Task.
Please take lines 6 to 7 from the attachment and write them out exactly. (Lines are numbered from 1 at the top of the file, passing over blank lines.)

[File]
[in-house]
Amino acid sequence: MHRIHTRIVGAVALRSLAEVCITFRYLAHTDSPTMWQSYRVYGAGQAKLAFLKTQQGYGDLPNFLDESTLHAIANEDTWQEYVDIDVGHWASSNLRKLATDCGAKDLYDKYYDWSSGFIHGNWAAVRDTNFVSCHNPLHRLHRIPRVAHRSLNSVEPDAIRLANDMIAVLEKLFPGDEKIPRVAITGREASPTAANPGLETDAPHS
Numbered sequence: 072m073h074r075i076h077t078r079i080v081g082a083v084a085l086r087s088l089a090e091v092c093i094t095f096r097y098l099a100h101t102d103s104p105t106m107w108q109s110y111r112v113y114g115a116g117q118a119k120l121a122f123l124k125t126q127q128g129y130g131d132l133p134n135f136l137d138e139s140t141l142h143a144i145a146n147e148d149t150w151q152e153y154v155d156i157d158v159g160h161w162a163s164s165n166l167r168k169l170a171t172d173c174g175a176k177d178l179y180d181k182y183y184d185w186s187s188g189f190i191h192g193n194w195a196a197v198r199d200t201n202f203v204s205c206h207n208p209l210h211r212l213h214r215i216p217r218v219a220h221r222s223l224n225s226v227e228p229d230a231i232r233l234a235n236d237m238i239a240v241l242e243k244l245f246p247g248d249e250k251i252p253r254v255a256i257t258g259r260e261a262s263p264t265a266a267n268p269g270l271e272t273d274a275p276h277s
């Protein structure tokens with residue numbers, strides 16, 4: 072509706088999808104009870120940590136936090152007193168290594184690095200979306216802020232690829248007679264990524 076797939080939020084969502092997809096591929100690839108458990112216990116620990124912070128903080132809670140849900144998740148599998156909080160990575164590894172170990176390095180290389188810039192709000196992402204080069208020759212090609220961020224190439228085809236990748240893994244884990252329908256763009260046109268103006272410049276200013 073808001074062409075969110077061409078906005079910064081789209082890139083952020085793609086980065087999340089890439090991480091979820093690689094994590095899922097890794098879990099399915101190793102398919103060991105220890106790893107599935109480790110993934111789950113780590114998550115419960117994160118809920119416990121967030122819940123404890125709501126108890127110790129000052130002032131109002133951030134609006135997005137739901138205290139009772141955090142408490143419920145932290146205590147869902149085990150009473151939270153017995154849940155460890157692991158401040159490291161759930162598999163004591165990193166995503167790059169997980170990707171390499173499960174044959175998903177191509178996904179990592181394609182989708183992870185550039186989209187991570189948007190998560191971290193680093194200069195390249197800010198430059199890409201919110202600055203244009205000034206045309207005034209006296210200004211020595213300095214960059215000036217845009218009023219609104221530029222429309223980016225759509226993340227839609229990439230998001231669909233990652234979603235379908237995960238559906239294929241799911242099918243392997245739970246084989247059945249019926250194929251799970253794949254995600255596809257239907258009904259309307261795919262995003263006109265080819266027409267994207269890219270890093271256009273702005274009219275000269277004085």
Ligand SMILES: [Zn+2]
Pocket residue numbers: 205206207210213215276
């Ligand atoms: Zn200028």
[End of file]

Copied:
Pocket residue numbers: 205206207210213215276
């Ligand atoms: Zn200028």